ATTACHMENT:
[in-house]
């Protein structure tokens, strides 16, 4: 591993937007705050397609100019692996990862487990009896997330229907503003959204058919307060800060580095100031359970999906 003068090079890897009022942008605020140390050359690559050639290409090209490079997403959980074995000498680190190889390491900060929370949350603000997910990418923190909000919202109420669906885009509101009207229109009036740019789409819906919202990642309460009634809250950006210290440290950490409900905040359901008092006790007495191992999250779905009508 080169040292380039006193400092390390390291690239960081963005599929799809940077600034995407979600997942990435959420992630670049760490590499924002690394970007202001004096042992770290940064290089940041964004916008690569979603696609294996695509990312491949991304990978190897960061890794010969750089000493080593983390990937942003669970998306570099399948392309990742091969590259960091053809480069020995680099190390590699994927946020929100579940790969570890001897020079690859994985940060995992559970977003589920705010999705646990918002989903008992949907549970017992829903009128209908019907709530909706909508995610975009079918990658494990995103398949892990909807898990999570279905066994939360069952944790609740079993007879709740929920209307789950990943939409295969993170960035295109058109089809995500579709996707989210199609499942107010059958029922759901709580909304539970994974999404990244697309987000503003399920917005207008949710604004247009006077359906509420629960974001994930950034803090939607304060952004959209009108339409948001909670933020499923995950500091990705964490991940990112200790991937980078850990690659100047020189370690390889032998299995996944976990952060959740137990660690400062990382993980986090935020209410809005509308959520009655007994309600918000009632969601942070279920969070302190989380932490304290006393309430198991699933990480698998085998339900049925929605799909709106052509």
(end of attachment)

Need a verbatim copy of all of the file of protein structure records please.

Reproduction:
[in-house]
């Protein structure tokens, strides 16, 4: 591993937007705050397609100019692996990862487990009896997330229907503003959204058919307060800060580095100031359970999906 003068090079890897009022942008605020140390050359690559050639290409090209490079997403959980074995000498680190190889390491900060929370949350603000997910990418923190909000919202109420669906885009509101009207229109009036740019789409819906919202990642309460009634809250950006210290440290950490409900905040359901008092006790007495191992999250779905009508 080169040292380039006193400092390390390291690239960081963005599929799809940077600034995407979600997942990435959420992630670049760490590499924002690394970007202001004096042992770290940064290089940041964004916008690569979603696609294996695509990312491949991304990978190897960061890794010969750089000493080593983390990937942003669970998306570099399948392309990742091969590259960091053809480069020995680099190390590699994927946020929100579940790969570890001897020079690859994985940060995992559970977003589920705010999705646990918002989903008992949907549970017992829903009128209908019907709530909706909508995610975009079918990658494990995103398949892990909807898990999570279905066994939360069952944790609740079993007879709740929920209307789950990943939409295969993170960035295109058109089809995500579709996707989210199609499942107010059958029922759901709580909304539970994974999404990244697309987000503003399920917005207008949710604004247009006077359906509420629960974001994930950034803090939607304060952004959209009108339409948001909670933020499923995950500091990705964490991940990112200790991937980078850990690659100047020189370690390889032998299995996944976990952060959740137990660690400062990382993980986090935020209410809005509308959520009655007994309600918000009632969601942070279920969070302190989380932490304290006393309430198991699933990480698998085998339900049925929605799909709106052509």